I would have died without Palestinians: US nurse who returned from Gaza
Emily Callahan, nurse activity manager for Doctors Without Borders, shares her harrowing experience in Gaza
In a recent CNN interview, Emily Callahan, an American nurse who has just returned from Gaza, opened up about her challenging time in Gaza during the conflict. Asked about her feelings upon leaving, Emily expressed relief but admitted the difficulty of finding joy, knowing she left people behind.
Emily vividly described the scenes in Gaza, where they were relocated five times in 26 days due to security concerns. She particularly spoke about her experience at the Khan Younis Training Centre (KYTC) run by the UNRWA, and how what it was like to live with 35,000 internally displaced people with limited medical resources, no water and dire living conditions.
Among the other challenges, Emily also spoke about how they faced accusations and verbal attacks, emphasising the challenges her team faced. Here are some key quotes from her interview:
I have a sense of relief, I'm home with my family and I feel safe for the first time in 26 days but I am having a had time finding joy in any of it, because me being safe is the result of having to leave people behind.
There were children with just massive burns on their faces, down their necks, all over their limbs and because the hospitals are so overwhelmed, they are being discharged immediately to these camps with no access to running water. 50,000 people were at that camp and it had just four toilets which would get two hours of water every 12 hours.
The patients with fresh open burns, wounds and even partial amputations, were just walking around in these conditions. Parents would bring their children to us saying 'please can you help', but we had no supplies.
At KYTC, the reason we had to shift was because we were being harassed. Desperate people who are losing loved ones left and right were angry. They would point at me and scream 'American' while walking past and at that point, we had no idea what was coming in the next few days. They would yell things in Hebrew to see if we were Israeli. They even accused our national staff of either being traitors or pretending to be Arab. Our staff had to defend themselves over and over again.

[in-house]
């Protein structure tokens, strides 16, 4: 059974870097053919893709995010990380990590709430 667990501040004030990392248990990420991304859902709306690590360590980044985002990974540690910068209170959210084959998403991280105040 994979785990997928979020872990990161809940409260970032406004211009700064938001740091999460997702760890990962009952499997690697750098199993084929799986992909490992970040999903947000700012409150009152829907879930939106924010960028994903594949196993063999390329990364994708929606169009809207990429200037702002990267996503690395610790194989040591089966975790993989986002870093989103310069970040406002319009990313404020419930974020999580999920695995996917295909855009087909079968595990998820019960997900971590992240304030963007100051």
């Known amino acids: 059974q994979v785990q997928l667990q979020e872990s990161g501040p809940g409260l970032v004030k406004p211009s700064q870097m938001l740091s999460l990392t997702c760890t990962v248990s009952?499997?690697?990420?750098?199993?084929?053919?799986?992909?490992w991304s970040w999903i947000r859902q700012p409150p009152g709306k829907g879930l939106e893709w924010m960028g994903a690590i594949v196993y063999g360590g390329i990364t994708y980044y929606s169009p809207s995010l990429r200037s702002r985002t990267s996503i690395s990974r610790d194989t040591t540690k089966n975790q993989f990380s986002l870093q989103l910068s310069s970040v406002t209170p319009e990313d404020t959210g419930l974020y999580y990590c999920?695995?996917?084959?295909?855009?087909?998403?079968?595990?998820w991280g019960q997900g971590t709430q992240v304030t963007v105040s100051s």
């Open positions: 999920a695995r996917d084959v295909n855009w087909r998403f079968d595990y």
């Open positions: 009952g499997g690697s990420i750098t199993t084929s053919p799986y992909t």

Commending her Palestinian staff's unwavering commitment, she recounted how they never left her side.
I said to my staff, 'we understand if you want to leave us' and they just said 'you are family too, we aren’t going anywhere'. We would have died within a week without them (Palestinian staff). They are the only reason we are alive.
If not for the national staff, we either would have starved to death or run out of water. They were the ones who negotiated all of that. Gaza is a small city so everyone knows everyone and they would call in favours and drive all over to find water. When we ran out of bottled water in Gaza they were the ones who figured out that the water truck timings. In the moment of absolute desperation of civilians, they were steadfast and calm and talked to them. They were able to talk them down with love and kindness, there was no violence in their hearts.
Reflecting on their passage through the Rafah border crossing, Emily praised the national staff's sacrifices, highlighting their resilience amid personal losses.
They (the Palestinian staff) didn’t leave our side for a second. They made sure they were standing between us and desperate people. They were talking to every official that they could find, trying to push us through. We were sitting there and seeing these incredible men sacrifice everything for us, who have sacrificed their time with their families, their own physical safety, their own water supply (they were giving it to us) and we are watching them fight to get us across the border knowing that we were not bringing them with us. And they didn’t waver.
Despite the hardships, Emily expressed her desire to return to Gaza, emphasising her attachment and admiration for the local heroes who chose to stay behind.
I would go back to Gaza in a heartbeat, my heart is in Gaza, it will stay in Gaza. I would like to send out a reminder that there are civilians still seeking shelter there and that my doctors and nurses didn’t leave there out of loyalty to their community and I know that there is an idea being pushed right now that anyone that stayed behind is going to be considered a threat, I want to remind people that the people who stayed behind are heroes, they know that they are going to die and they are choosing to stay behind anyways.
You may watch the interview here.